TODAY'S PAPER
Clear 39° Good Evening
Clear 39° Good Evening
NewsNation

McConnell unveils changes to controversial Senate health bill

Senate Majority Leader Mitch McConnell of Ky. listens

Senate Majority Leader Mitch McConnell of Ky. listens as Sen. John Barrasso (R-Wyo.) at a news conference on Capitol Hill in Washington on July 11, 2017. Photo Credit: AP

WASHINGTON — The revised health bill unveiled by Senate Majority Leader Mitch McConnell on Thursday allows insurers to offer low-cost scaled-back plans, retains two taxes on the wealthy, and adds funds to make insurance more affordable and to fight opioid addiction.

With those changes to the legislation that he pulled from a vote two weeks ago, McConnell hopes to secure the 50 votes he needs from his 52-member caucus after conservative Sen. Rand Paul, a fellow Kentuckian, and moderate Sen. Susan Collins (R-Maine) said they can’t support it.

“It’s time to rise to the occasion,” McConnell said on the Senate floor after presenting the new version to his caucus members in a closed-door meeting at the Capitol, reminding them of Republicans’ seven-year promise to repeal Obamacare.

Passage of the 172-page bill next week is uncertain, with the solid opposition by Democrats and the wavering of factions of conservatives and more moderate Republicans, whose lack of support forced McConnell to add measures to appease both sides.

President Donald Trump said Wednesday he would be “angry” if the Senate does not pass the bill, but later he told reporters flying to Paris with him on Air Force One that “the only thing more difficult than peace between Israel and the Palestinians is health care.”

As if to prove his point, Sens. Lindsey Graham of South Carolina and Bill Cassidy of Louisiana pre-empted McConnell by offering an alternative bill to turn federal health spending into block grants, to give states the role of deciding how to provide health coverage.

A Senate summary of the revisions said the bill would lower premiums and medical costs — by allowing insurers to offer lower-cost plans that don’t provide all of Obamacare’s required benefits and permitting the use of health savings accounts to pay for insurance.

The bill adds $70 billion to a $112 billion fund for states to use to bring down costs for lower-income families, and sends $45 billion in grants to states to deal with opioid addiction.

To pay for that funding, the bill reverses course from its first draft by keeping Obamacare’s 3.8 percent tax on investment income and 0.9 percent payroll tax for families making $250,000 or more, as well as Obamacare’s tax on the highest-paid insurance executives.

Several senators emerging from the meeting told reporters they were undecided about whether they could support the new bill. Others said they would vote to move it to a full debate, amendment process and a final vote later next week. Collins and Paul remained opposed to it.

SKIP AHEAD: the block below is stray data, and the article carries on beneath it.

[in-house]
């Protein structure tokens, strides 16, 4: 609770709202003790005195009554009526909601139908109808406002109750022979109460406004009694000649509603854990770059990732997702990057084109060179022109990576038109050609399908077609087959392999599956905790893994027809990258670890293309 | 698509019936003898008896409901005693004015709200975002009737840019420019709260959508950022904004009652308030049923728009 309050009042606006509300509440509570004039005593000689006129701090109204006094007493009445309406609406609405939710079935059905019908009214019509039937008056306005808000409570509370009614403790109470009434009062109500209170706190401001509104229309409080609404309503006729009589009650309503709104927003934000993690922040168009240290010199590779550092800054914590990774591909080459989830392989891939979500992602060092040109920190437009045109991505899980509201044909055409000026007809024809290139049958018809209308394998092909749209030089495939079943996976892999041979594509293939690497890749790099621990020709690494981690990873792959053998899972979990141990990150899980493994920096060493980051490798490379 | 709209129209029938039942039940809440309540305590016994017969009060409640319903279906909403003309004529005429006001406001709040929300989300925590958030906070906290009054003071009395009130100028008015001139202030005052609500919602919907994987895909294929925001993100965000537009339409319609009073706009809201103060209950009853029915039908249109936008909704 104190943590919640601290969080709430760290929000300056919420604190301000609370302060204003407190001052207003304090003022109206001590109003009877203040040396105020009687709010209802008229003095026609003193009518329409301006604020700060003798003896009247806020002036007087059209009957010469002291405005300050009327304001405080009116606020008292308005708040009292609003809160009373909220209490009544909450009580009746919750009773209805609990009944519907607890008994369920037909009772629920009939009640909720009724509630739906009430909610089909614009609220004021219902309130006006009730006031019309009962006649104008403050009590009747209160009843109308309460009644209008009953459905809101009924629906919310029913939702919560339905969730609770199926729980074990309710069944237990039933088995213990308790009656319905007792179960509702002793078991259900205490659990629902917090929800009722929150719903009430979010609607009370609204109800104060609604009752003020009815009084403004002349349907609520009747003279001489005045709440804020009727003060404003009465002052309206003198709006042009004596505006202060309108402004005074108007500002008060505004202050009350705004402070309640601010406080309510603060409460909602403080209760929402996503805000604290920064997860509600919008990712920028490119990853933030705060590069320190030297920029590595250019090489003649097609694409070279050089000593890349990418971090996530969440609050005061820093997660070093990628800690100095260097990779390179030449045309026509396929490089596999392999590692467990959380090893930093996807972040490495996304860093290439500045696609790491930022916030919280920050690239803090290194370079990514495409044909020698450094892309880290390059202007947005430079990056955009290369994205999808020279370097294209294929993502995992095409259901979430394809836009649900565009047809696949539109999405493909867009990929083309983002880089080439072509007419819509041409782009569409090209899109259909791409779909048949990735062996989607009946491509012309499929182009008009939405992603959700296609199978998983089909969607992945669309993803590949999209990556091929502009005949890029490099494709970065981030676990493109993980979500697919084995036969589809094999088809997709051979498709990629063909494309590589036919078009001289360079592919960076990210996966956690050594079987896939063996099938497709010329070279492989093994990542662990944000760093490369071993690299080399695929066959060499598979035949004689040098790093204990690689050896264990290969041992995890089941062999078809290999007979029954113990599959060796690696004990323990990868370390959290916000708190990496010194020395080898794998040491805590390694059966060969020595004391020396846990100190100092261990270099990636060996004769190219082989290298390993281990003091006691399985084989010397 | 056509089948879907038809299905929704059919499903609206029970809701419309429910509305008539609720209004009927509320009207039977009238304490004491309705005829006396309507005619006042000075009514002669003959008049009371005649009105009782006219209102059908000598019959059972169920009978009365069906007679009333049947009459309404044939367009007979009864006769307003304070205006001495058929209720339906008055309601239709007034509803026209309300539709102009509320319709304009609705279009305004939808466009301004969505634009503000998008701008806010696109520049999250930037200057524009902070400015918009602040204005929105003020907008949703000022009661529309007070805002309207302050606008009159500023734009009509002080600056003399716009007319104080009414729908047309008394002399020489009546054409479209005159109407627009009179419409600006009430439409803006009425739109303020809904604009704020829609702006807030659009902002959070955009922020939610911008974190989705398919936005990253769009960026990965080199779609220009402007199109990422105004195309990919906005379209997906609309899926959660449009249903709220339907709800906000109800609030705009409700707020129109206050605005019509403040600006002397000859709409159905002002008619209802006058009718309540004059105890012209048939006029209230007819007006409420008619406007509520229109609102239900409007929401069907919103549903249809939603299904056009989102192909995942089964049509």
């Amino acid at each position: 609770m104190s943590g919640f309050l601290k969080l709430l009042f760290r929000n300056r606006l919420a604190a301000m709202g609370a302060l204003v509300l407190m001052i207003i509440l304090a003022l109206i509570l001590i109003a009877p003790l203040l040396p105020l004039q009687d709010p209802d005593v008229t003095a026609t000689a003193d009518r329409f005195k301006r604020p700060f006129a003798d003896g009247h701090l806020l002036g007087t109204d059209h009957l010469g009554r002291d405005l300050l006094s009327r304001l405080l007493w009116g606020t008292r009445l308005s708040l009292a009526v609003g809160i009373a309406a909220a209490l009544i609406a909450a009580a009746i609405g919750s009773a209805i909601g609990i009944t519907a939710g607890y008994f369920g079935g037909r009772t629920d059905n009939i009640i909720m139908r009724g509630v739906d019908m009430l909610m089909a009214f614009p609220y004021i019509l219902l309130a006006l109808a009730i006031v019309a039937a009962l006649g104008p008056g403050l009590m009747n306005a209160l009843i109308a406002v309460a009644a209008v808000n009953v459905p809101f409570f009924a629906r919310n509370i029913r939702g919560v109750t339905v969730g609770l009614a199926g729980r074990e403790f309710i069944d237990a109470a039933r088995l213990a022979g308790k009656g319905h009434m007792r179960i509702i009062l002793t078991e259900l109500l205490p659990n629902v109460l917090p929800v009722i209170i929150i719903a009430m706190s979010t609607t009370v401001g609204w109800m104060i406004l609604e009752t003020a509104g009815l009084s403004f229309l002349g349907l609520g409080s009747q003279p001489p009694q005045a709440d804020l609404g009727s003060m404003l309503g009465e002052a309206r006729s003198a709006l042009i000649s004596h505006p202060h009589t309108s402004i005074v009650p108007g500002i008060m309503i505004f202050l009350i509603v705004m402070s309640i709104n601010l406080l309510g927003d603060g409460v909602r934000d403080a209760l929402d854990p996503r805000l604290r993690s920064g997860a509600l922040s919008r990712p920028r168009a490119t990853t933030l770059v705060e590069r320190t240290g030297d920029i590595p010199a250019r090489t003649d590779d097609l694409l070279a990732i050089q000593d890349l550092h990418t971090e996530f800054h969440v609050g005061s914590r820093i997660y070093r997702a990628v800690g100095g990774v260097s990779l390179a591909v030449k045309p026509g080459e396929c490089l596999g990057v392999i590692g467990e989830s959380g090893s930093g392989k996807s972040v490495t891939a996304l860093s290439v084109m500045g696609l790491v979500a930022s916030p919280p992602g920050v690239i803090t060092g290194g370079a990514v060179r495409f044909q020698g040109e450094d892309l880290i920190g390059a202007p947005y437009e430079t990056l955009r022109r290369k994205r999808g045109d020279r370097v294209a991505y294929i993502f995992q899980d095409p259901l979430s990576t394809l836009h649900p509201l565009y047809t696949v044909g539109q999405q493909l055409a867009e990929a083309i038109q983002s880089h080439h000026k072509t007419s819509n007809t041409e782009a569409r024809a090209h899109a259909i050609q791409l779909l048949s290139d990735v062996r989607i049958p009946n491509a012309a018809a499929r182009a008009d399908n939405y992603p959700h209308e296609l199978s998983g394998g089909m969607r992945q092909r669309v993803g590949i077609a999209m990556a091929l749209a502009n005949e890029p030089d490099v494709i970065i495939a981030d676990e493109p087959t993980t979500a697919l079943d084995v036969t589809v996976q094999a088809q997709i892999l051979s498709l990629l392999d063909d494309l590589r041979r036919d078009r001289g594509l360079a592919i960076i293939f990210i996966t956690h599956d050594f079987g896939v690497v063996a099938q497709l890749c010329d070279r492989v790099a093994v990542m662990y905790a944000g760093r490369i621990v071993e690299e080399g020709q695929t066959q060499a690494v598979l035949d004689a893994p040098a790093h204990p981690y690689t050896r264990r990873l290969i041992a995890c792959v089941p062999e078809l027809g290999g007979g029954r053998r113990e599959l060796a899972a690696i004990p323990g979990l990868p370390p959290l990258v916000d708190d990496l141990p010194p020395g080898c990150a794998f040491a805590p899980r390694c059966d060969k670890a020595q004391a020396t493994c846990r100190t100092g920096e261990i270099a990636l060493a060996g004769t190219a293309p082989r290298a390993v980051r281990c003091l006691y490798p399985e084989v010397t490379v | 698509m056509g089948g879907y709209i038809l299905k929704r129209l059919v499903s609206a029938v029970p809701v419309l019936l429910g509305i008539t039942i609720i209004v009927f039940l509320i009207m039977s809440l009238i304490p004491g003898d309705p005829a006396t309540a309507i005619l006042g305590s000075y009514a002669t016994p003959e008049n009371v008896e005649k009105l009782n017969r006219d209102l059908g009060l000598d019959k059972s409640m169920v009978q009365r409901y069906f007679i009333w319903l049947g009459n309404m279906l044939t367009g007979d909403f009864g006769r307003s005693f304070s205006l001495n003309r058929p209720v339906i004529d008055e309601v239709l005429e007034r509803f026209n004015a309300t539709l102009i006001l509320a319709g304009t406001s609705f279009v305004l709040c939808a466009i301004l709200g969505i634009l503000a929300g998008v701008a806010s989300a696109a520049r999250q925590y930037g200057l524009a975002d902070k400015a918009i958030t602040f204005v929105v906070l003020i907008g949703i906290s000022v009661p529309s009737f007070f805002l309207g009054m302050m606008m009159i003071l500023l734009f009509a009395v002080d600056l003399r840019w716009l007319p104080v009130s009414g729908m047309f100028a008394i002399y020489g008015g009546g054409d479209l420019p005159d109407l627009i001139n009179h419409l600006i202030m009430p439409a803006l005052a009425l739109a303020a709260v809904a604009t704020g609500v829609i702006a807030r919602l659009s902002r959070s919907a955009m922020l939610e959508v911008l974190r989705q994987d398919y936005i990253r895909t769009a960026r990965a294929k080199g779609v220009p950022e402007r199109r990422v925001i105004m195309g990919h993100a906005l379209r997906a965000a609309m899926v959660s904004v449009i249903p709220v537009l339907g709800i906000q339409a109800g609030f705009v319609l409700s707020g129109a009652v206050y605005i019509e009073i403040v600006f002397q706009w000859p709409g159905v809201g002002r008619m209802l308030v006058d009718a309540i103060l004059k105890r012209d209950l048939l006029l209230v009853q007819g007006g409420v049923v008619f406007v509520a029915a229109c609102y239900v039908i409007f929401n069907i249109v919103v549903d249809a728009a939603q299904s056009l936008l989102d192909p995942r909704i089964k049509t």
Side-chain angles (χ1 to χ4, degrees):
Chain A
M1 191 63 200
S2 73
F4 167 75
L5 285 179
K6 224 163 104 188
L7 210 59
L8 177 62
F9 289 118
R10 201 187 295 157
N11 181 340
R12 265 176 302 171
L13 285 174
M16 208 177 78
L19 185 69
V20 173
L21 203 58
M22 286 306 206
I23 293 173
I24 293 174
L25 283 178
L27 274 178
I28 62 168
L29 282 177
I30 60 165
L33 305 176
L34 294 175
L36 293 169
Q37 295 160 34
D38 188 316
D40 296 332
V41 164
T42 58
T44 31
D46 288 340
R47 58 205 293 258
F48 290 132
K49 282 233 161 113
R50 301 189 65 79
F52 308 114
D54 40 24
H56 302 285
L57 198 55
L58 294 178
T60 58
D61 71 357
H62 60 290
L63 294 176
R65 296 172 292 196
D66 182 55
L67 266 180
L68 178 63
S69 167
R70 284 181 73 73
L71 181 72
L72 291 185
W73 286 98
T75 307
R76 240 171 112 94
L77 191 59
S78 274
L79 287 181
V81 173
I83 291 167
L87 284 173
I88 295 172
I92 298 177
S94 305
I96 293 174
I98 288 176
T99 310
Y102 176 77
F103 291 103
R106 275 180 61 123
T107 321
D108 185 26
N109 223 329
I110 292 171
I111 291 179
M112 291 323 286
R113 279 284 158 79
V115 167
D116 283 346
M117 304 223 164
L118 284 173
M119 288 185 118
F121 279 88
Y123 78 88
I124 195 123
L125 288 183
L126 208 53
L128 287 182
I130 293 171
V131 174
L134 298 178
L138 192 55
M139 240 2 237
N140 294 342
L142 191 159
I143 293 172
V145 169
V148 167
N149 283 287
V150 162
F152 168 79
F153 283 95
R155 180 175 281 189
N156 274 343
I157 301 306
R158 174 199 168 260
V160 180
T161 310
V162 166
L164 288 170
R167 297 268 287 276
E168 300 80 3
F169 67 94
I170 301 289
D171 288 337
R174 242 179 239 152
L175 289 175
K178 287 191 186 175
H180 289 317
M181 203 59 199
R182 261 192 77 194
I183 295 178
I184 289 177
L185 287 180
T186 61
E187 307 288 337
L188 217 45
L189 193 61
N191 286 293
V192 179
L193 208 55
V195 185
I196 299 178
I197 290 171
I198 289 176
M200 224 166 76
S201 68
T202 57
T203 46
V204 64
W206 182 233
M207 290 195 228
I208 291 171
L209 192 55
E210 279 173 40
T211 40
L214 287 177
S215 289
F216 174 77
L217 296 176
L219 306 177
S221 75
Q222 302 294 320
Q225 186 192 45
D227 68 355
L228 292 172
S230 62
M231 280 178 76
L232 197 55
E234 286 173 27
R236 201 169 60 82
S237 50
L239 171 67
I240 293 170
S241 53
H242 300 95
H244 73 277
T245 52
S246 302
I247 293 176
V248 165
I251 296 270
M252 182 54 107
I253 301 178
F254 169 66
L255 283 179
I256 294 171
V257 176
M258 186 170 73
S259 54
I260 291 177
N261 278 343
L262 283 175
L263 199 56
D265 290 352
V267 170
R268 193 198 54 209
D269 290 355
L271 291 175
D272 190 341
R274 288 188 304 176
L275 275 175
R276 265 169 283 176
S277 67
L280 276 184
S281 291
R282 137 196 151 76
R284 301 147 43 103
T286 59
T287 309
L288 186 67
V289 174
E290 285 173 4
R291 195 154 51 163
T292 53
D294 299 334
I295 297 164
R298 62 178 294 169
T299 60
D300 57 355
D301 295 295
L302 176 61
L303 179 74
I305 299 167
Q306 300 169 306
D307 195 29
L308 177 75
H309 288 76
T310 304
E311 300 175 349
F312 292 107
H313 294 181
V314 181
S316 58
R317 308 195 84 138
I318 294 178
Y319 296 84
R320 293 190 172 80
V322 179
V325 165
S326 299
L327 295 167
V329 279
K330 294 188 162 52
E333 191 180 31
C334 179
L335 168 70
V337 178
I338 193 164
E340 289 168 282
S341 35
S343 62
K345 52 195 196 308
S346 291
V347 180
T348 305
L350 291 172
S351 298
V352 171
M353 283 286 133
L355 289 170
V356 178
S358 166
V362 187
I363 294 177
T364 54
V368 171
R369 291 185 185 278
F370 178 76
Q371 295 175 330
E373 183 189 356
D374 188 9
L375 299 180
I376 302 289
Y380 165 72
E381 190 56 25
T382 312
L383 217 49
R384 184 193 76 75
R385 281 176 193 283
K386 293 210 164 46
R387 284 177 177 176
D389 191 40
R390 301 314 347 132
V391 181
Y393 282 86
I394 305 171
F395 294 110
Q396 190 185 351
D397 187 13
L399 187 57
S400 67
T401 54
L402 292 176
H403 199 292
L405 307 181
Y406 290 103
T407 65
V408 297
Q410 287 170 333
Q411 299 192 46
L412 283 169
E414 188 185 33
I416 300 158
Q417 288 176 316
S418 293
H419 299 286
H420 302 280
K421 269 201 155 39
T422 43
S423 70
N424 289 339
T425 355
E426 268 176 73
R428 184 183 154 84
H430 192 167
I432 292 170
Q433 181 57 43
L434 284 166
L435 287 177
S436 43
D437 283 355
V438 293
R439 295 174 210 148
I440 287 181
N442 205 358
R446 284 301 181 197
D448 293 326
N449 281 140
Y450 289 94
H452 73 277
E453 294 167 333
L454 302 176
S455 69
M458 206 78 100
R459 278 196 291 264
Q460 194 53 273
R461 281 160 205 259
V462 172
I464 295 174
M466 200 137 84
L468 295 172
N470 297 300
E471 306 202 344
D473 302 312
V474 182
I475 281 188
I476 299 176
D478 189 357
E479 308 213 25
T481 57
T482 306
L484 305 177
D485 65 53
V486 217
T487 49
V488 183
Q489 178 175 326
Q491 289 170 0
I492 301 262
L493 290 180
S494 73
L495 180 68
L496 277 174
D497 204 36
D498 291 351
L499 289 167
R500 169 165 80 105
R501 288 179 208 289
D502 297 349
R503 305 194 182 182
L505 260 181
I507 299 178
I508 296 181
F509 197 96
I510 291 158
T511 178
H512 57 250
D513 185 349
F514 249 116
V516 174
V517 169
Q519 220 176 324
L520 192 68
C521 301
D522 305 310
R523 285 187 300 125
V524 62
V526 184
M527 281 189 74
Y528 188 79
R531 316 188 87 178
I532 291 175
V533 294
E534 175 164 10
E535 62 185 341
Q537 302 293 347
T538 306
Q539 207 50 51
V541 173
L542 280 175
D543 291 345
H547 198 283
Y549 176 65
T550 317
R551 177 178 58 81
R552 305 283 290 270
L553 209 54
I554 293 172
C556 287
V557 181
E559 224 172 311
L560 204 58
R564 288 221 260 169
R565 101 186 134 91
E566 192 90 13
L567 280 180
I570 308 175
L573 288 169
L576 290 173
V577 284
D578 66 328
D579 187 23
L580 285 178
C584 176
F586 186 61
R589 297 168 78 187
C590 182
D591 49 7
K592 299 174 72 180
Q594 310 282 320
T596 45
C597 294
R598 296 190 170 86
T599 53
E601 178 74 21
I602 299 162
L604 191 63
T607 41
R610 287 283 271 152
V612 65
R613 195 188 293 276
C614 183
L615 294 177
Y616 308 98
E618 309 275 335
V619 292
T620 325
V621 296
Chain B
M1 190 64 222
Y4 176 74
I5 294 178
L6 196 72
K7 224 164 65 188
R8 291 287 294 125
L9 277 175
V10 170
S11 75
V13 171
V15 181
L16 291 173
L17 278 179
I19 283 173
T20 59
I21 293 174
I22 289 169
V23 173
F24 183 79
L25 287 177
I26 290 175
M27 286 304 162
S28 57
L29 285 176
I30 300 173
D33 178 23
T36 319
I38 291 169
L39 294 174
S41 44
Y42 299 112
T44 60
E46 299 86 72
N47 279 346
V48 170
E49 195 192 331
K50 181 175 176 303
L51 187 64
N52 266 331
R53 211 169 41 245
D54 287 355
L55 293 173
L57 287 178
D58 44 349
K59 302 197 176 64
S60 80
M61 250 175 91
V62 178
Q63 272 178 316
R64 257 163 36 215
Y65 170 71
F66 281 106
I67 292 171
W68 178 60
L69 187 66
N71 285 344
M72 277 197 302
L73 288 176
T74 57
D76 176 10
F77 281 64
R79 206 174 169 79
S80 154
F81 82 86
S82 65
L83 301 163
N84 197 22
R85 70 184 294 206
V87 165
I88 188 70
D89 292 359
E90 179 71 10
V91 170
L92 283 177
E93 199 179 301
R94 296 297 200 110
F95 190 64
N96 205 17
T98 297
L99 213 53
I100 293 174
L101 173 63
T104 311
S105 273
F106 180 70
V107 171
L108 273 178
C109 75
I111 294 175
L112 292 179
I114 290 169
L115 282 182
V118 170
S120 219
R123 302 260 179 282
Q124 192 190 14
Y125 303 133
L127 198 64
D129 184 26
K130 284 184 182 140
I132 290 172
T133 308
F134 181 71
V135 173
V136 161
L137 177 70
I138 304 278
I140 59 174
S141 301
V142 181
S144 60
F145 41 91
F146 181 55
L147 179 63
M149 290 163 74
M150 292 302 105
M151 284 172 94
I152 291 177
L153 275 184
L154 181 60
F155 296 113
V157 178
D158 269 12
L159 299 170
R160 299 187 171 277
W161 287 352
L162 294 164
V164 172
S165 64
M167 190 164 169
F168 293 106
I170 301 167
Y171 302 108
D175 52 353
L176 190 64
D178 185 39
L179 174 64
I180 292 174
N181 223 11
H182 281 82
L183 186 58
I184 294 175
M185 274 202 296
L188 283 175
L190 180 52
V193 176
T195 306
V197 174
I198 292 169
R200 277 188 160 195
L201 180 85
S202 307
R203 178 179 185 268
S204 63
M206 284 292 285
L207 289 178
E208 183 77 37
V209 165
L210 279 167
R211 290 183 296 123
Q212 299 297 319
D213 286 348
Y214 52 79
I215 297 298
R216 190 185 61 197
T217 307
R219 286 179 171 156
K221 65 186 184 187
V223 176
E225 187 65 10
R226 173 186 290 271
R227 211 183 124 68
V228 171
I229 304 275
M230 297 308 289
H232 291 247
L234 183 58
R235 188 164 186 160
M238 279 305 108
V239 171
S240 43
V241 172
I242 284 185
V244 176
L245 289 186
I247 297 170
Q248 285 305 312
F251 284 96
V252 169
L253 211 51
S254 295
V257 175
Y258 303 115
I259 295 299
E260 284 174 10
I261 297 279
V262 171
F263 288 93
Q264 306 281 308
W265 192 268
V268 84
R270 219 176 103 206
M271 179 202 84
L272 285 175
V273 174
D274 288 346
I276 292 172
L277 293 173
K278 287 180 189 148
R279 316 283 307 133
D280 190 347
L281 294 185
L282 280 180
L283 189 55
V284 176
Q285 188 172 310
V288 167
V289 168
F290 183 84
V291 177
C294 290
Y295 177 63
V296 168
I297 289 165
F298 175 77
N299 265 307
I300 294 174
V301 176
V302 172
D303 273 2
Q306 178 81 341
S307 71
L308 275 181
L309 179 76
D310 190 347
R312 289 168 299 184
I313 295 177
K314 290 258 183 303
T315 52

“There’s a discussion still going on. Everybody’s asking questions. Those are being answered, discussed and points being made,” said Sen. John Thune (R-S.D.), part of McConnell’s leadership team. “I think that’s probably going to continue for a while.”

Sen. Pat Toomey (R-Pa.) said, “While I support this draft in its current form, it is not perfect. I am disappointed that the commitment to repeal all of Obamacare’s taxes was abandoned.”

Collins remained opposed to both moving the new bill forward and supporting it. She said its rewrite of Medicaid rules deserved at least one Senate hearing, and that Republicans shouldn’t make Democrats’ mistake in passing a sweeping health care bill without bipartisan support.

She said she also objects to the bill’s cap on federal spending for Medicaid and a rate for future funding that is lower than inflation for medical expenses, thereby shifting costs to the states.

“It would hurt the most vulnerable citizens. It would have an adverse impact particularly on our rural health providers, our hospitals and our nursing homes,” she said. “And it is not something that I can support.”

The first test for McConnell’s bill will come early next week. After the Congressional Budget Office estimates costs and insurance coverage of the new bill early next week, the Senate will hold a vote on whether to proceed to debate, amendments and a final vote.

McConnell needs 50 votes and Vice President Mike Pence’s tie breaker to surmount that hurdle. And he’ll need 50 votes to enact the bill; he cannot afford to lose the support of another senator.

Highlights of changes

Here’s a look at some of the latest changes to the Senate Republican health care bill.

  • A major change to health savings accounts would allow consumers to use the tax-sheltered arrangements to also pay for health insurance premiums. Currently HSAs can be used to pay only out-of-pocket costs not covered by insurance.
  • More money for states to help lower insurance costs for residents who buy their own individual policies. The bill would add another $70 billion to a market stability fund of $112 billion in the original Senate bill.
  • Another $45 billion over 10 years for states battling the opioid epidemic, targeted to paying for substance abuse treatment and recovery. The original bill provided only $2 billion.
  • More ways for consumers to buy lower-premium, bare-bones insurance. Consumers could use their federal tax credits to buy high-deductible plans that cover three routine doctor visits per year. Current limits on who can use federal tax credits to purchase so-called catastrophic insurance would be eased.
  • A version of Texas Sen. Ted Cruz’s proposal allowing insurers to sell skimpy plans, provided they also offer at least one option that meets the requirements of current law. The latest approach would provide funding for insurers to help offset the cost of covering sicker people remaining in comprehensive plans.

— AP

News Photos and Videos